What is PostgreSQL Exists?

The EXISTS operator tests whether a row(s) exists in a subquery. This means that the operator is used together with a subquery. The Exists operator is said to have been met when at least one row is found in the subquery. You can use this operation along with SELECT, UPDATE, INSERT, and DELETE statements.

In this PostgreSQL Tutorial, you will learn the following:

Syntax

Here is the syntax for the PostgreSQL EXISTS statement:

WHERE EXISTS (subquery);

The above syntax shows that the EXISTS operator takes in an argument, which is a subquery. The subquery is simply a SELECT statement that should begin with a SELECT * instead of a list of column names or expressions.

With SELECT Statement

Let see how to use a SELECT statement with the EXISTS operator. We have the following tables:

Book:

Price:

Run the following statement:

SELECT *
FROM Book
WHERE EXISTS (SELECT *
              FROM Price
              WHERE Book.id = Price.id);

This returns the following:

The above command should return all records in the Book table whose id matches the id of any records by the subquery. Only one id was matched. Hence, only one record was returned.

With INSERT Statement

We can use the EXISTS operator in an INSERT statement. We have the following 3 tables:

Book:

Price:

Price2:

We can then run the following statement:

INSERT INTO Price
SELECT id, price
FROM Price2
WHERE EXISTS (SELECT id
              FROM Book
              WHERE Book.id = Price2.id);

The Price table is now as follows:

The row with an id of 5 in the table named Price2 was matched. This record was then inserted into the Price table.

With UPDATE Statement

We can use the EXISTS operator in an UPDATE statement.

Run the following query:

UPDATE Price
SET price = (SELECT price
              FROM Price2
              WHERE Price2.id = Price.id)
WHERE EXISTS (SELECT id, price
FROM Price2
WHERE Price2.id = Price.id);

We are updating the price column of the Price table. Our aim is to have the prices of items sharing an id to be the same. Only one row was matched, that is, 5.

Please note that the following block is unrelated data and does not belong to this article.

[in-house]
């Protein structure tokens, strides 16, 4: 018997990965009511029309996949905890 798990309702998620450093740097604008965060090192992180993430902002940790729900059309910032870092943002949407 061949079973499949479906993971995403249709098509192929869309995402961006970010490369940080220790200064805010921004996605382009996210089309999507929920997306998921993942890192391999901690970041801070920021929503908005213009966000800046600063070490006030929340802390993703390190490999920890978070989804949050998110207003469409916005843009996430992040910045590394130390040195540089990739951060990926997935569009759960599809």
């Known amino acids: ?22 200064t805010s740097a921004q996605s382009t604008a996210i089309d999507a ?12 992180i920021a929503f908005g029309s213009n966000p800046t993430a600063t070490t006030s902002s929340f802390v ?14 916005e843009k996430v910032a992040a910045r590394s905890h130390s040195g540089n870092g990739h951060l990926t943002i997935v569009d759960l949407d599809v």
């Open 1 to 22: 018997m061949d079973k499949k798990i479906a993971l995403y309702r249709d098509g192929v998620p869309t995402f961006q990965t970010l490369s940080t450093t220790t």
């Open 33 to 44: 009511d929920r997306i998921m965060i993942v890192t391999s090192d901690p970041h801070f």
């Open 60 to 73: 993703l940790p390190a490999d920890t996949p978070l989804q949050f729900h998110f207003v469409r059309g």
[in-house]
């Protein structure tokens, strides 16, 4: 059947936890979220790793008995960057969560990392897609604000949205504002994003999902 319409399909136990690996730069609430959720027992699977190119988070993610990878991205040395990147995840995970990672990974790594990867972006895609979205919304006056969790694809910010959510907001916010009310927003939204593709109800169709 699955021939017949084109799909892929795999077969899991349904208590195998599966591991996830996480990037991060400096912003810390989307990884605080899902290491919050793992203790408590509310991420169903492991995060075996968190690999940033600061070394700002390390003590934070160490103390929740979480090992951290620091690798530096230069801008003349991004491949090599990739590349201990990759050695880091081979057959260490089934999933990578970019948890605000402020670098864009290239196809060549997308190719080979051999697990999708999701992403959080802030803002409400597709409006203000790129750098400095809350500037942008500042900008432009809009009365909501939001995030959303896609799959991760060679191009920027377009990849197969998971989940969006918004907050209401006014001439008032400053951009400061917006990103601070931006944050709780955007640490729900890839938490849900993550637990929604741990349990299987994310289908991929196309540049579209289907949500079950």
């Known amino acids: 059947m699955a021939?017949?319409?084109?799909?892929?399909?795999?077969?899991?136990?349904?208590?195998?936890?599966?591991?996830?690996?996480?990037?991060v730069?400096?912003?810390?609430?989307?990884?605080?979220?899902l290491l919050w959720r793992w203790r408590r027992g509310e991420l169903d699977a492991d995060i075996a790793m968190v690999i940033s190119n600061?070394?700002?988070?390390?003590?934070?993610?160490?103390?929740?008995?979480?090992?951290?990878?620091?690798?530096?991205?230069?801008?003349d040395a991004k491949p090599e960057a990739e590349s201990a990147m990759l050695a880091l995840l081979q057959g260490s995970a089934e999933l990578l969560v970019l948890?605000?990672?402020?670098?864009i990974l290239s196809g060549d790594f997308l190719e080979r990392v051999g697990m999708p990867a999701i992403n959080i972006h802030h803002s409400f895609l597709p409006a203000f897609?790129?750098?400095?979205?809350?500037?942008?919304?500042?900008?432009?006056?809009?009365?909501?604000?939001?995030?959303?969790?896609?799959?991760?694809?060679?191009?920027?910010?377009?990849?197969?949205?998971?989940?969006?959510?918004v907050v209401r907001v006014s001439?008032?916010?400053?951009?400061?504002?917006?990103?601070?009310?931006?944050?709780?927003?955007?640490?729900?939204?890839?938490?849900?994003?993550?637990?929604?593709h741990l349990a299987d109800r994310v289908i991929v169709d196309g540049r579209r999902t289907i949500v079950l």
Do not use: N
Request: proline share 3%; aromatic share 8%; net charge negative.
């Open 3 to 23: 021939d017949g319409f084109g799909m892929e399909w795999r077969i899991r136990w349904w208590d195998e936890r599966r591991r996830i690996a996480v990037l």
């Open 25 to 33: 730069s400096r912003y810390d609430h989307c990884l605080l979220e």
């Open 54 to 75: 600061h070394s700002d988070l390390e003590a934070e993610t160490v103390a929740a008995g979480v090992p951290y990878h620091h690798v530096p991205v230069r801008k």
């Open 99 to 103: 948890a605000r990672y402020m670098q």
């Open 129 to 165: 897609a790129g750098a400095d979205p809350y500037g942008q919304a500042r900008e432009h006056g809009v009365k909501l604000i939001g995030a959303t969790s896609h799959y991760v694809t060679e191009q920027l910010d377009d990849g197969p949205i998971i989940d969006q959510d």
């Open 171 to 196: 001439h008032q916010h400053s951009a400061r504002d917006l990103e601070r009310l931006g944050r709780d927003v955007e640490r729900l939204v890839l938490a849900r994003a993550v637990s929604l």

However, since the prices are equal, that is, 205, no update was made. If there was a difference, an update would have been made.

With DELETE Statement

A PostgreSQL DELETE statement can use the EXISTS operator. Here is an example:

DELETE FROM Price
WHERE EXISTS (SELECT *
              FROM Price2
              WHERE Price.id = Price2.id);

The Price table is now as follows:

The row with an id of 5 has been deleted.

With pgAdmin

Now let's see how these actions can be performed using pgAdmin.

With SELECT Statement

To accomplish the same through pgAdmin, do this:

Step 1) Login to your pgAdmin account.

Step 2)

  1. From the navigation bar on the left- Click Databases.
  2. Click Demo.

Step 3) Type the query in the query editor:

SELECT *
FROM Book
WHERE EXISTS (SELECT *
              FROM Price
              WHERE Book.id = Price.id);

Step 4) Click the Execute button.

It should return the following:

With INSERT Statement

To accomplish the same through pgAdmin, do this:

Step 1) Login to your pgAdmin account.

Step 2)

  1. From the navigation bar on the left- Click Databases.
  2. Click Demo.

Step 3) Type the query in the query editor:

INSERT INTO Price
SELECT id, price
FROM Price2
WHERE EXISTS (SELECT id
              FROM Book
              WHERE Book.id = Price2.id);

Step 4) Click the Execute button.

The Price table should now be as follows:

With UPDATE Statement

To accomplish the same through pgAdmin, do this:

Step 1) Login to your pgAdmin account.

Step 2)

  1. From the navigation bar on the left- Click Databases.
  2. Click Demo.

Step 3) Type the query in the query editor:

UPDATE Price
SET price = (SELECT price
              FROM Price2
              WHERE Price2.id = Price.id)
WHERE EXISTS (SELECT id, price
FROM Price2
WHERE Price2.id = Price.id);

Step 4) Click the Execute button.

The Price table should now be as follows:

With DELETE Statement

To accomplish the same through pgAdmin, do this:

Step 1) Login to your pgAdmin account.

Step 2)

  1. From the navigation bar on the left- Click Databases.
  2. Click Demo.

Step 3) Type the query in the query editor:

DELETE FROM Price
WHERE EXISTS (SELECT *
              FROM Price2
              WHERE Price.id = Price2.id);

Step 4) Click the Execute button.

The Price table should now be as follows:

Summary

  • The EXISTS operator tests whether a row(s) exists in a subquery.
  • It is used with a subquery and is said to have been met when the subquery returns at least one row.
  • It is used together with SELECT, UPDATE, INSERT, and DELETE statements.

Download the Database used in this Tutorial

 

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